Others might opt for justice, but I think we’re moving even further away here. For one thing, the concept is still so steeped in a retributive mindset, and the notion of punishment seems precisely one of the most literally reactionary impulses we have. Even were we able to move more fully in the direction of a restorative approach, I believe by that stage the word “justice” itself would probably have dropped off. In fact, this is already occurring within the field, which has been evolving into the more expansive notion of “restorative practices” – see here, here, and here for further information on one of the most enlightened developments going on today. (And take a look at this wonderful interview with the founder of Nonviolent Communication, Marshall Rosenberg, which fully complements these approaches.)

Still others might say freedom is the most radical word. I have a little more sympathy with this choice, because it is said of the fully realized state that it’s one of complete freedom: no sense of compulsion, no anxiety, no personal concerns, no agonizing over decisions, no regret or fear. But again, in our culture the dominant meanings of “freedom” are nowhere near so radical, tending to be confined to the political realm. And here we see the same lack of clarity and degree of contestation too: both “left” and “right” employ the word often and centrally, but in some exceptionally divergent ways.

Shifting gears, I can imagine that some of those who are religiously identified might claim God for the most radical word. Or perhaps a buddhist might nominate the dharma, meaning roughly “the way it all is/the nature of reality itself.” A taoist might prefer the tao, meaning the same thing although emphasizing the notion and practice of “nature’s way” specifically. But it doesn’t take more than a moment of gazing at our world to realize that the word “God” in its various translations has also helped bring about an awful lot of disharmony and violence. The God of Pat Robertson or of his counterparts in the Jewish and Muslim worlds bears almost no resemblance to the God of Rumi or Hafiz, say, or Thomas Merton, or Rabbi Zalman Schachter-Shalomi.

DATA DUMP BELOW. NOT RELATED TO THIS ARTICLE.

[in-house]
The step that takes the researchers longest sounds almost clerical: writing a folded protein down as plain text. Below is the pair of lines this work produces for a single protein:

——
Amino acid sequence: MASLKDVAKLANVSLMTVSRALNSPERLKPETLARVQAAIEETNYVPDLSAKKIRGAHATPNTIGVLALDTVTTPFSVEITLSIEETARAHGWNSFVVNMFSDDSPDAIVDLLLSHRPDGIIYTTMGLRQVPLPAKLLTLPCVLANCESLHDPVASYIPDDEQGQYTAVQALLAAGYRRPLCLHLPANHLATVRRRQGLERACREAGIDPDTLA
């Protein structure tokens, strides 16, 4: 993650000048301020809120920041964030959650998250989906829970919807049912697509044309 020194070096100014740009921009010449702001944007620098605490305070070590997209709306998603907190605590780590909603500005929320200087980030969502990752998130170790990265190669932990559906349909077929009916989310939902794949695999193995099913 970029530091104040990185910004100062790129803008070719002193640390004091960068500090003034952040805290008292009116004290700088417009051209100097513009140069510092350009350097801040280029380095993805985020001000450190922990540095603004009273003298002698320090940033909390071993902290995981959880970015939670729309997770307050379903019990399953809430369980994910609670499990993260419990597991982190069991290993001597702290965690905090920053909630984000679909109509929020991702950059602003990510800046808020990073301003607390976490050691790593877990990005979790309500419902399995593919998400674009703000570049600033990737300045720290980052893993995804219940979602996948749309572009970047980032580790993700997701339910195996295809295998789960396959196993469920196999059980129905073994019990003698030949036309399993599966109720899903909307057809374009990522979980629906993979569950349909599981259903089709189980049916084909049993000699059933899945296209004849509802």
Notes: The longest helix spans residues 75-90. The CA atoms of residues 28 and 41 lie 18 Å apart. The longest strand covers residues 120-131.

shapeimage_2Photo credit: “Reb Zalman greeting the Dalai Lama at the Naropa Institute” (Foto di Vita, 1997) – from The Yesod Foundation’s Reb Zalman Legacy Project

Interdependence has a number of things in its favor as a nominee for “most radical word.” For one, it is both a “wisdom” word (pointing to the nature of reality) and a “practice” word (directly indicating how we might actually see and live our lives). It’s also an inherently non-sectarian word, one which anyone can use. Most especially – as would befit a truly radical word – as we delve more and more deeply into it, it affects our relationship with everything. With:

our bodies and understanding of health
our minds, each other, animals, and the natural world
business and the economy
technology
all the institutions we create
the building of community
the communal/political process
situations of conflict and harm
other cultures
climate change and other urgent global challenges

“My Reincarnation” (documentary)

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This one took me by surprise. It’s a film documenting the relationship between the Dzogchen teacher Namkhai Norbu and his son, now known as Khyentse Yeshe (Dzogchen is a term indicating the pinnacle and most direct path within the ancient Nyingma tradition of Tibetan Buddhism.) Filmed over the course of 20 years by Jennifer Fox, it surely must represent the most intimate visual portrait of a Tibetan lama to date. At times watching it, in fact, it’s hard to fathom how a family would put up with that degree of intrusion for so long: we see them at the dinner table, preparing for teaching events, and discussing all kinds of personal matters. It caused me to remember a comment in one of Trungpa Rinpoche’s books, to the effect that a bodhisattva has no room for privacy in their life at all, is completely open to the demands of the world.